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Contemporary Fiction of 2010: A Reader’s List

I present to you one reader’s best contemporary YA titles for 2010. These are books teens are actually reading by the way. I see these titles check out regularly at my library. I hate to say it, but Will Grayson, Will Grayson? It has barely circulated three times. These titles are a little girl heavy but several of them will work just as well for guy readers. And if anything this list will encourage me to seek out more guy-centric contemporary YA reads.

Amy & Roger’s Epic Detour by Morgan Matson. This is my favorite book of 2010 hands down. It is a road trip story with a little romance, a lot of heartache and a great trip throughout the country. Teens will easily relate to Roger’s girl troubles while they will be pulled into Amy’s story of sadness over her father’s death. Postcards, receipts, and definitely the most amazing road trip play lists ever created grace the pages of this story along with the main narrative. This one is for music fans, teens who love a romance with drama, and who need a grand adventure. I guarantee this is going to be a hit.

Not That Kind of Girl by Siobhan Vivian. This book actually made Kirkus’s 2010 Best Books for Teens and with great reason. This story is intelligent, sad, and above all, plays so well into the drama that encompasses high school life. Natalie has always felt a bit different from her classmates and it shows on the pages. Here is a teen dedicated to her education, to getting ahead. Most librarians know teens like this and they will immediately empathize with her. She may be book smart but has a lot to learn about human emotions. Natalie is an amazing protagonist for female teen readers. She is strong, vulnerable, smart as hell, but yet manages to be the every girl.   There is a lot to discuss and appreciate.

A Blue so Dark by Holly Schindler. Mental illness. More teens than I can name deal with this topic with their families, and even themselves, on a daily basis. Holly Schindler delicately balances the harsh realities of schizophrenia with everyday tasks. Aura must go to school. She loves art but yet fears it. She has a crush on a boy but that does not fit into a world of schizophrenia. Her isolation leaps off the pages, as does her care of her mother. Teens today are unfortunately put in that caretaker position too often and this book definitely showcases how difficult that role can be for teenagers. Heart wrenching certainly but this book will do well with teens who need to see themselves in someone else, know they aren’t alone. It is a powerful book, short enough to hold attention and pull you into Aura’s life.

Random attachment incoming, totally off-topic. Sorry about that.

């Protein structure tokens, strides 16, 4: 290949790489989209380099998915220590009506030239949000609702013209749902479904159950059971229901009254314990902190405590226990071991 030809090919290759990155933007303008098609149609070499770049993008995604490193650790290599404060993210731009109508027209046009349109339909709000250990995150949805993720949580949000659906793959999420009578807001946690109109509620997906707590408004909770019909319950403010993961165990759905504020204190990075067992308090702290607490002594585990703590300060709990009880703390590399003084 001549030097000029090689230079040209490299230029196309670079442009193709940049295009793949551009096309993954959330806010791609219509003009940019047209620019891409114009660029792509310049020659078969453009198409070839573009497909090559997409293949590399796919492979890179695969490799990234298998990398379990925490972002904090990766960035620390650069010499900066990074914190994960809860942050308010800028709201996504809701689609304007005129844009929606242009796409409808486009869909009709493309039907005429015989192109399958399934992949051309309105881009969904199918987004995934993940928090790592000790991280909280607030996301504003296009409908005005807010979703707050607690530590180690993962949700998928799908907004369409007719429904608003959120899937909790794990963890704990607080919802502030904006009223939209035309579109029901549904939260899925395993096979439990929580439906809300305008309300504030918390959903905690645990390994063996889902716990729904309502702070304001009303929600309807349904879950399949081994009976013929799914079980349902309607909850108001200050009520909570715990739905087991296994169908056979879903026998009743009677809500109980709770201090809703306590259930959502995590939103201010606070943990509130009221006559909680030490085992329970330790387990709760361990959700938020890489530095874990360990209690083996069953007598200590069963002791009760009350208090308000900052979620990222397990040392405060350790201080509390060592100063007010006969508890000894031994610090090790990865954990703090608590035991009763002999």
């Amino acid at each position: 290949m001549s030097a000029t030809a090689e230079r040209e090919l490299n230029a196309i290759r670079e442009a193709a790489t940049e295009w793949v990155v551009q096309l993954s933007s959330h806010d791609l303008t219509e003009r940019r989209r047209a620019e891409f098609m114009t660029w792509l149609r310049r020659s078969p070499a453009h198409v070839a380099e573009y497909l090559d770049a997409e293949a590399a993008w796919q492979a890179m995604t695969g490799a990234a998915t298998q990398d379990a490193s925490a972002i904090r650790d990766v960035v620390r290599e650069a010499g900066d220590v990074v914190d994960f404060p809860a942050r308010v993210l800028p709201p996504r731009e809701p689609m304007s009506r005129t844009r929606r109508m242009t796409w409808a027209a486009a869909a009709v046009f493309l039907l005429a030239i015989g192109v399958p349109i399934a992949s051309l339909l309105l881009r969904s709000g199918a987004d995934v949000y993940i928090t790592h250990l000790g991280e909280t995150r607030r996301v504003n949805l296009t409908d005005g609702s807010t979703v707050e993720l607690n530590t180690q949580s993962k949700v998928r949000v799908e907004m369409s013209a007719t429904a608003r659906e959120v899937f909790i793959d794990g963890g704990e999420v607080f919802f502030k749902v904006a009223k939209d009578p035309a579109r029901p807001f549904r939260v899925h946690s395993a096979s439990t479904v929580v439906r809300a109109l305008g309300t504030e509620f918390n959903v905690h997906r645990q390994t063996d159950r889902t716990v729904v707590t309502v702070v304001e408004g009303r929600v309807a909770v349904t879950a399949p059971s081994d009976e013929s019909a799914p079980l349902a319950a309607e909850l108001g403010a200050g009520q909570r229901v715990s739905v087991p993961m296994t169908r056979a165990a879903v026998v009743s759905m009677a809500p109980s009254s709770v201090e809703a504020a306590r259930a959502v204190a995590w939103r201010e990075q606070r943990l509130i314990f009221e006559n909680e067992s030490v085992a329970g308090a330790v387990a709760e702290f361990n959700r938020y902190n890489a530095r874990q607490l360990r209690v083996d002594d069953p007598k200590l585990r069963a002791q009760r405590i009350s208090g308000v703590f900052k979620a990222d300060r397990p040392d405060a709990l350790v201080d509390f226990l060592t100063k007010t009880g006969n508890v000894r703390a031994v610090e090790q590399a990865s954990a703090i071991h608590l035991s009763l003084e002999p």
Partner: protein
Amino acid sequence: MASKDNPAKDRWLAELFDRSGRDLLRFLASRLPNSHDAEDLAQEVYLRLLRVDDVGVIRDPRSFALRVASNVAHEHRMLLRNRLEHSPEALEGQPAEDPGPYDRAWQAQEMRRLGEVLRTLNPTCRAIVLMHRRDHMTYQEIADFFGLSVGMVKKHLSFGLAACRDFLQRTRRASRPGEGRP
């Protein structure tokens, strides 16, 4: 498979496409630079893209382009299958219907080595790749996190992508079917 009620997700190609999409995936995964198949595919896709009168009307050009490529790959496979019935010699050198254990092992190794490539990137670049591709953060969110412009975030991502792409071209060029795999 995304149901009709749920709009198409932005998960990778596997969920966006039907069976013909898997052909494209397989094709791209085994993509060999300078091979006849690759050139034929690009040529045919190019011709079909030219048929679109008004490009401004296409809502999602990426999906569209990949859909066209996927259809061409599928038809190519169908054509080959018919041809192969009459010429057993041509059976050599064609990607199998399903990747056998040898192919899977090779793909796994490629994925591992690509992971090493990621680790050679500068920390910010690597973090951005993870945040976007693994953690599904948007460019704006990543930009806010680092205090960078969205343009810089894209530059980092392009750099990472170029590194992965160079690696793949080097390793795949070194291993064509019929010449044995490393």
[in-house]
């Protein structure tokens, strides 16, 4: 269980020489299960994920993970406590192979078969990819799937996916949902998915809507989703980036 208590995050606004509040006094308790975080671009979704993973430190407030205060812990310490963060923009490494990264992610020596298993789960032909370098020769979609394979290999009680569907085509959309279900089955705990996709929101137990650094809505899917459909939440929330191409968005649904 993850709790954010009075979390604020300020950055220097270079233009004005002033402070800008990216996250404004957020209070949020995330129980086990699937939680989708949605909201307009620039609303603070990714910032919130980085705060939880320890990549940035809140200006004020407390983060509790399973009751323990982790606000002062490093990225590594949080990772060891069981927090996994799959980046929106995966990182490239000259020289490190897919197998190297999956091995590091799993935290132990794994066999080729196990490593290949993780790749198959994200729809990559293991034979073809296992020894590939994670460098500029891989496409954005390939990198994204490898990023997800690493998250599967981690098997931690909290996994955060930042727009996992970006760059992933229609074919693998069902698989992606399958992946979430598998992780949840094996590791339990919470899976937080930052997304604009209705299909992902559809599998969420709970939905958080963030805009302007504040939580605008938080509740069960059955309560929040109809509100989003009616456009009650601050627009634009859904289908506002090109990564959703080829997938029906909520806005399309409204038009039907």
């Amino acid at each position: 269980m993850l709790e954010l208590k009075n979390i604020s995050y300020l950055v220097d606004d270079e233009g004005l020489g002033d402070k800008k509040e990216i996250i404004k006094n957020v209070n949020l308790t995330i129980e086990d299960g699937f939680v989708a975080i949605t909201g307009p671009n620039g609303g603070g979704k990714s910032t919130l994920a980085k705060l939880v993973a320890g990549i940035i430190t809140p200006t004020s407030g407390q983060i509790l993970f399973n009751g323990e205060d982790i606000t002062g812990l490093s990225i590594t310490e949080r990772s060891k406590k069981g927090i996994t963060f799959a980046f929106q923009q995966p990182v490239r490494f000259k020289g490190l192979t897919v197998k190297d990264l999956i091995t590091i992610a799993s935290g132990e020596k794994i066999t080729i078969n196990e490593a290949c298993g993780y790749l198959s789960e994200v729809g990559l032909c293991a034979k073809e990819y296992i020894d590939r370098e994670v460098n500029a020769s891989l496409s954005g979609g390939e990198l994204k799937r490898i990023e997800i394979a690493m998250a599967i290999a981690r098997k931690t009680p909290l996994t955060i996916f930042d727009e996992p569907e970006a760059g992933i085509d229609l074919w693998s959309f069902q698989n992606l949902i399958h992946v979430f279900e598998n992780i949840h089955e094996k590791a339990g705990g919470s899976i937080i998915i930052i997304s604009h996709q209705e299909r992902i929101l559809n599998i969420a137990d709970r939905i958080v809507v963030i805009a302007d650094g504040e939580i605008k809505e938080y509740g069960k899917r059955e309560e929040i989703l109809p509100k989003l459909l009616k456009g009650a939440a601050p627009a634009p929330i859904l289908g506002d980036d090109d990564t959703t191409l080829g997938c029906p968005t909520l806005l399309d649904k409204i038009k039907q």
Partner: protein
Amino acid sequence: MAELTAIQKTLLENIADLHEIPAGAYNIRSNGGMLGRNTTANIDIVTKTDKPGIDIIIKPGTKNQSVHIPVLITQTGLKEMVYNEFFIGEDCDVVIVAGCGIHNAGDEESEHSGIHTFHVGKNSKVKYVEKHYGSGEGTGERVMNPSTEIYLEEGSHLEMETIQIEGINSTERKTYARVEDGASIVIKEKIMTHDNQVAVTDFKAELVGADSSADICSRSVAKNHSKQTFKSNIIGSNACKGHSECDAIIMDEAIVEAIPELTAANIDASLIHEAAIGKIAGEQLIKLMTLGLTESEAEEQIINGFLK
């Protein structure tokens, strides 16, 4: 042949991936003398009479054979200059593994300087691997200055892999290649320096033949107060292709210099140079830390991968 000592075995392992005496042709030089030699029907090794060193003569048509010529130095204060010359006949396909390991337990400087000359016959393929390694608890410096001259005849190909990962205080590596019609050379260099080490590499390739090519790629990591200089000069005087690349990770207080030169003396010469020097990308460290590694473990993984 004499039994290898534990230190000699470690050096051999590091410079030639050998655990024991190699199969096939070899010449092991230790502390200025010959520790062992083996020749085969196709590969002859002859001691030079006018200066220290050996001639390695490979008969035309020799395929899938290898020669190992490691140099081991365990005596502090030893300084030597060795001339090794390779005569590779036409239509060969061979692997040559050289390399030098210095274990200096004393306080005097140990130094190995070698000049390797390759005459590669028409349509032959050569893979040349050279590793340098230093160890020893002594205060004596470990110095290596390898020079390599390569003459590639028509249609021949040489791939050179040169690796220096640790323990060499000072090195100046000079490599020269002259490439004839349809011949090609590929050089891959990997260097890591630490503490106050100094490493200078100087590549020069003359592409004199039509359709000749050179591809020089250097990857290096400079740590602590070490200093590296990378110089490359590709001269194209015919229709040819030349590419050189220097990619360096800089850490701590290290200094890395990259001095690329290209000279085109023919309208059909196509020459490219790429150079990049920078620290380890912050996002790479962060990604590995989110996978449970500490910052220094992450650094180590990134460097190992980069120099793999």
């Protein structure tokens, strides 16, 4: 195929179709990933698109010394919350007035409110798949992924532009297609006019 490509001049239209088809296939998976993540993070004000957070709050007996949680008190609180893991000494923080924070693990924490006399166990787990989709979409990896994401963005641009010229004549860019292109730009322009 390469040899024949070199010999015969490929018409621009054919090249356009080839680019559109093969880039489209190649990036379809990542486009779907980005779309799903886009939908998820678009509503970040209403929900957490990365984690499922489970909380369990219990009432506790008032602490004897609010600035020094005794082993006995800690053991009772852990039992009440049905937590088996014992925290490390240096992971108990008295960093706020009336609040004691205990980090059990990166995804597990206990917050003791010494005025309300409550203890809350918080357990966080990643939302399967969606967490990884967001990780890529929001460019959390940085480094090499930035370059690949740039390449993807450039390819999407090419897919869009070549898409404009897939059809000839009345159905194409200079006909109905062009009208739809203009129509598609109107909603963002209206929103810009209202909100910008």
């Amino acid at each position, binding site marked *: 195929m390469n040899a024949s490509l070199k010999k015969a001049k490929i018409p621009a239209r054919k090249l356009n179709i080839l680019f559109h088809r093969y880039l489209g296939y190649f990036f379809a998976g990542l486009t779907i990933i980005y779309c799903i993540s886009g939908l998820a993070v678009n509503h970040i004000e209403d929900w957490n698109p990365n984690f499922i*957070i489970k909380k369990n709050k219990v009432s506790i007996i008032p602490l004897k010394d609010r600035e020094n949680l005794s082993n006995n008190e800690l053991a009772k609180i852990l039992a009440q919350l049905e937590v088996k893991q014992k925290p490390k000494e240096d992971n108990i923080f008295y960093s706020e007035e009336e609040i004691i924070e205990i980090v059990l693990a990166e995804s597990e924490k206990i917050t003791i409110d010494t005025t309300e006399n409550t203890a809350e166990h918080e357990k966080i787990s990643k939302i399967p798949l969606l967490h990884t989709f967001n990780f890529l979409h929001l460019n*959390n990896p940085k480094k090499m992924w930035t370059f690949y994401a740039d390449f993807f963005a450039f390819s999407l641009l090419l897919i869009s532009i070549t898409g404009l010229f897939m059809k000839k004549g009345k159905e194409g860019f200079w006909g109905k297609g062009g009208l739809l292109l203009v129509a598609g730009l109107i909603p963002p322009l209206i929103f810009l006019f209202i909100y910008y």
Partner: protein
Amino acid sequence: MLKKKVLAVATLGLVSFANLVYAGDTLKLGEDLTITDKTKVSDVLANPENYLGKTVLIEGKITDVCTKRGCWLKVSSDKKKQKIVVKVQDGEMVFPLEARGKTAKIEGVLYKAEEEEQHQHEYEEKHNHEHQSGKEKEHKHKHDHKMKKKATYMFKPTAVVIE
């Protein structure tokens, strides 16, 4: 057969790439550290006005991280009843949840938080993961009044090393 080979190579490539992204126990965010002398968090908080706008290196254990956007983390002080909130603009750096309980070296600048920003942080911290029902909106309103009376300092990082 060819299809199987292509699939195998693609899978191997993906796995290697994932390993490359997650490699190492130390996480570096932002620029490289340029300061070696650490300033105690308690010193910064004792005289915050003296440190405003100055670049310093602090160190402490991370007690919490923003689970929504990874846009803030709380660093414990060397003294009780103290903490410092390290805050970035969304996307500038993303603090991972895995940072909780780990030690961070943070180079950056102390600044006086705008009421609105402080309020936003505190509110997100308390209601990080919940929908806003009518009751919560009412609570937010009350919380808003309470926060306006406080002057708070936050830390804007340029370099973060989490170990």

The Cardturner by Louis Sachar. Now, I haven’t seen this book talked about nearly enough but I think it is a fantastic guy story. It is one that may be a little bit harder to get into and difficult because of the bridge terminology but it is well worth pursuing. Alton has no desire to chauffeur his grandfather around nor watch him play bridge. But with nothing better to do, he gets involved in his grandfather’s world. This book is for dedicated readers, both guy and girl. It has a slightly eccentric family and boy friendly romance. Alton and his grandfather may be different generations but their shared wit comes across very well in this story.

Hothouse by Chris Lynch. Heroes, what does that mean? For Russ and DJ it means being honored by the town after their firefighter fathers die during a rescue. But celebration quickly turns to nastiness when it is revealed that the fathers were in fact no heroes. This book is short, with quick-moving dialogue and plenty of guy language. Chris Lynch gets the guy friendship angle exactly right and a story that starts off about heroism turns into something broader. Chris Lynch is a contemporary favorite and this book will work with a wide spectrum of readers.